All the major and minor caves in this system are described individually by site name, as follows:
The major fault limiting the hydrology to the north also has surface expression in a major valley that breaks the line of the escarpment at Carricknaboll, carrying surface waters to Edenybreslen. A terrace in the limestone extends south east for 3km from here, partly covered by blanket bog that clears below the 310m contour. There are many sinks in this area some of which are known to feed the Reyfad system. Between the 300m and 200m contours is a complex landscape of crags and dry valleys, although minor risings and sinks do occur. A further terrace feature is present between the 200m and 150m contours before the final slope to the Screenagh River lowlands. Here the base of the Dartry Limestone is in contact with the shaley limestones of the Glencar Limestone Formation, which is the zone of resurgence along the entire escarpment.
It has been suggested that the large water flows presumed to be needed for the creation of the Reyfad system far exceed the current drainage and probably required the concentrated flow of meltwater down the Carricknaboll valley and seepage into the large depression at Edenybreslen. This would be one explanation for the considerable volume of glacial sediments seen in the caves. Undoubtedly the system was already mature long before the sediments were deposited, towards what is presumed to be the end of the last glaciation. It is possible that the dry valleys between the 300m and 200m contours were temporary resurgences from around this period.
The Reyfad/Pollnacrom/Polltullybrack system is the longest and deepest cave in Northern Ireland, with almost 7km of surveyed passages and a total depth (from the highest entrance to the deepest section) of 193m. It is also the ninth deepest and eighteenth longest in the UK, with the largest passages and the deepest shaft yet found anywhere in Ireland. It is estimated that at least a further 5km of passages remain to be discovered to link the most southerly sump to the main rising. The present cave is almost certainly a mere fragment of a substantial earlier system that existed before the last glaciation. It contains the most extensive glacial and post-glacial deposits of any cave in Northern Ireland. These sediments, yet to be researched, will almost certainly reveal valuable environmental information about the period of their deposition. The Reyfad system is the most important underground karst site in Northern Ireland and is of regional, national and international importance.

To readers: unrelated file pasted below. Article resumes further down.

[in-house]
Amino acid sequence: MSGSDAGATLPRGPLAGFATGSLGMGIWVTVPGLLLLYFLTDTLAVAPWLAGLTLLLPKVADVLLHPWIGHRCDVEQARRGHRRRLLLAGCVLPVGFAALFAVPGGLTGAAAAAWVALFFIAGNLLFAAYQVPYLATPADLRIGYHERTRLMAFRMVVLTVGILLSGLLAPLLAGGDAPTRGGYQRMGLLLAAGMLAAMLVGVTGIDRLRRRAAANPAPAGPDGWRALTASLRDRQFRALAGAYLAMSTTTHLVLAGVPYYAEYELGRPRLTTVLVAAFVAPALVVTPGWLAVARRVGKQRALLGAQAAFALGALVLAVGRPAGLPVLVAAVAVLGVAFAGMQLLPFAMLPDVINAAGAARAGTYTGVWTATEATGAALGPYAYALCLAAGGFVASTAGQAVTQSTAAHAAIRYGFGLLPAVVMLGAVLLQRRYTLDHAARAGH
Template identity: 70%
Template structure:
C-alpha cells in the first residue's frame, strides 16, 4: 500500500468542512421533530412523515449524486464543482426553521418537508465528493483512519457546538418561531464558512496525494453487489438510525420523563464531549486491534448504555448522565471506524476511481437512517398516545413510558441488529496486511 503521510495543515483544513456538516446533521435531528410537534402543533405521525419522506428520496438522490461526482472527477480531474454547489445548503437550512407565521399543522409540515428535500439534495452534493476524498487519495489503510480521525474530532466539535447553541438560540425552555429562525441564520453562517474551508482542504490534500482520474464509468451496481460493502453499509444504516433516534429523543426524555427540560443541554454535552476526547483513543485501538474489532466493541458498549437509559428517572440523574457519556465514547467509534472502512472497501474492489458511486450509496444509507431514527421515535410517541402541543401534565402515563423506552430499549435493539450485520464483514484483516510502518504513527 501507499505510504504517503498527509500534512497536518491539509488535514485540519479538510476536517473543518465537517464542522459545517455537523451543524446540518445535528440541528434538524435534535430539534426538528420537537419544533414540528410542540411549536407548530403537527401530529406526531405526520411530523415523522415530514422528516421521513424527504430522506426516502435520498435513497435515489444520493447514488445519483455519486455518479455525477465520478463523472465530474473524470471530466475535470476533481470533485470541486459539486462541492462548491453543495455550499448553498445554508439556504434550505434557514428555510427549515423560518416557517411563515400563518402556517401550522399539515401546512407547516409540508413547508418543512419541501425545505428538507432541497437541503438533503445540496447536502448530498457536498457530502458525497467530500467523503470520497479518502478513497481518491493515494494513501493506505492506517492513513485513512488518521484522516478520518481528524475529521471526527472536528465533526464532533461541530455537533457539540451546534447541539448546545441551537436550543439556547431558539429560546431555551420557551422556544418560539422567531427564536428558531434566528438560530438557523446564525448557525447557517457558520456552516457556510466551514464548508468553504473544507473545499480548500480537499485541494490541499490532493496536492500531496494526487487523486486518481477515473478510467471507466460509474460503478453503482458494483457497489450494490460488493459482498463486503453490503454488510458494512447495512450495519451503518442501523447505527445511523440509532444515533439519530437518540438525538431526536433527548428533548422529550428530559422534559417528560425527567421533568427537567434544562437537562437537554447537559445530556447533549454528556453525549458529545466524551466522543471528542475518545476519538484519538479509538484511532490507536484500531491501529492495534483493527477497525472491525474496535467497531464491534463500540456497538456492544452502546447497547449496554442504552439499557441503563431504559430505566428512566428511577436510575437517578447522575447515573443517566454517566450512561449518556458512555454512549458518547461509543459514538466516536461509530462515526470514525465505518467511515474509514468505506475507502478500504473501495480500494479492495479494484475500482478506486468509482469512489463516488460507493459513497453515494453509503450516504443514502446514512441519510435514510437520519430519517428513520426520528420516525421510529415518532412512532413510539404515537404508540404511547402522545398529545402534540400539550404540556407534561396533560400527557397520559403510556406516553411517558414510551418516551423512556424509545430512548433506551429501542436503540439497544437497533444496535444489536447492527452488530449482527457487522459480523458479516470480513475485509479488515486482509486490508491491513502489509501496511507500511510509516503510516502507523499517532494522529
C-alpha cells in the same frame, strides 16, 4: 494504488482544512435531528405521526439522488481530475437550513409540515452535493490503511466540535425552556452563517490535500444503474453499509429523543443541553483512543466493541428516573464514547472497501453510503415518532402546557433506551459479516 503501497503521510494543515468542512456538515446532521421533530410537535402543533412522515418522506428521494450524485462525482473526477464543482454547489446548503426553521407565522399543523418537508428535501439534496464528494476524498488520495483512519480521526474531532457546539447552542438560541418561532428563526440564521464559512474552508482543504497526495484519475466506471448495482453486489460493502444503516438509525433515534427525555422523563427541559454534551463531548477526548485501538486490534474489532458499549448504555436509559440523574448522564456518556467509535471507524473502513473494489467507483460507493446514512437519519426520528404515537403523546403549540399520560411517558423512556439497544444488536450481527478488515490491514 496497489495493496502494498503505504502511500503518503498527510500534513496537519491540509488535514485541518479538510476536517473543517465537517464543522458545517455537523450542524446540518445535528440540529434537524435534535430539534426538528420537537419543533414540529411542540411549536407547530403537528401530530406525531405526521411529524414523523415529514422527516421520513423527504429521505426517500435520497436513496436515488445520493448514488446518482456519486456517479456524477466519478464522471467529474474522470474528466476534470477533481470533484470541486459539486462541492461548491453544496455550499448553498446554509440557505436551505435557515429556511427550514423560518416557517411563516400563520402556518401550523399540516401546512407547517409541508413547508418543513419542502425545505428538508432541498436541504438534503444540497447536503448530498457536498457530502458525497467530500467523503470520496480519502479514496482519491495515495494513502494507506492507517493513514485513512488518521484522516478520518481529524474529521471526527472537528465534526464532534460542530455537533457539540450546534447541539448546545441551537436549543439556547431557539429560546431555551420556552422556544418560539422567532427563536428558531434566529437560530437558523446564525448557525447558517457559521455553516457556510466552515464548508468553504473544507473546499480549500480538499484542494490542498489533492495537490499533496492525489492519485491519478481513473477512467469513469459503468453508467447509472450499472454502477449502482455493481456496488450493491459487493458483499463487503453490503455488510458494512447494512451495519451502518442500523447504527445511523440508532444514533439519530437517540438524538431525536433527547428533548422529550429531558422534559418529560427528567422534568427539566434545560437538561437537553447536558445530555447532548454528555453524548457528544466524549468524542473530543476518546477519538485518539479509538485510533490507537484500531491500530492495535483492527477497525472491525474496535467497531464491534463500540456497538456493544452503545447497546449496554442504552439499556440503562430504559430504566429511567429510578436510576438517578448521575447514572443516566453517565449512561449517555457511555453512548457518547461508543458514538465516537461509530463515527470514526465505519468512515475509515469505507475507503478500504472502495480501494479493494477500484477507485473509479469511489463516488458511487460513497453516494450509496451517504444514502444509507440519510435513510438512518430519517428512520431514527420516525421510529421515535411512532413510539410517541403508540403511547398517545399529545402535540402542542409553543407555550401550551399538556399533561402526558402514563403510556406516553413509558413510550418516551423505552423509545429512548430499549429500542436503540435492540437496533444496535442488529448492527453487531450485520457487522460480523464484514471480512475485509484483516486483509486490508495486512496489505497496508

The main threats to the cave are from the activities of sporting cavers with sediments and calcite and gypsum speleothems (formations) particularly at risk. Since access is only available to serious cavers with well developed technical skills, the presumption of intelligent care of this aspect of heritage seems reasonable. Damage has undoubtedly occurred as a consequence of the diversion of surface drainage, the dumping of animal carcasses into potholes and the irresponsible disposal of household waste. If these problems can be overcome, a clean-up programme should be devised to restore the area to a near pristine state.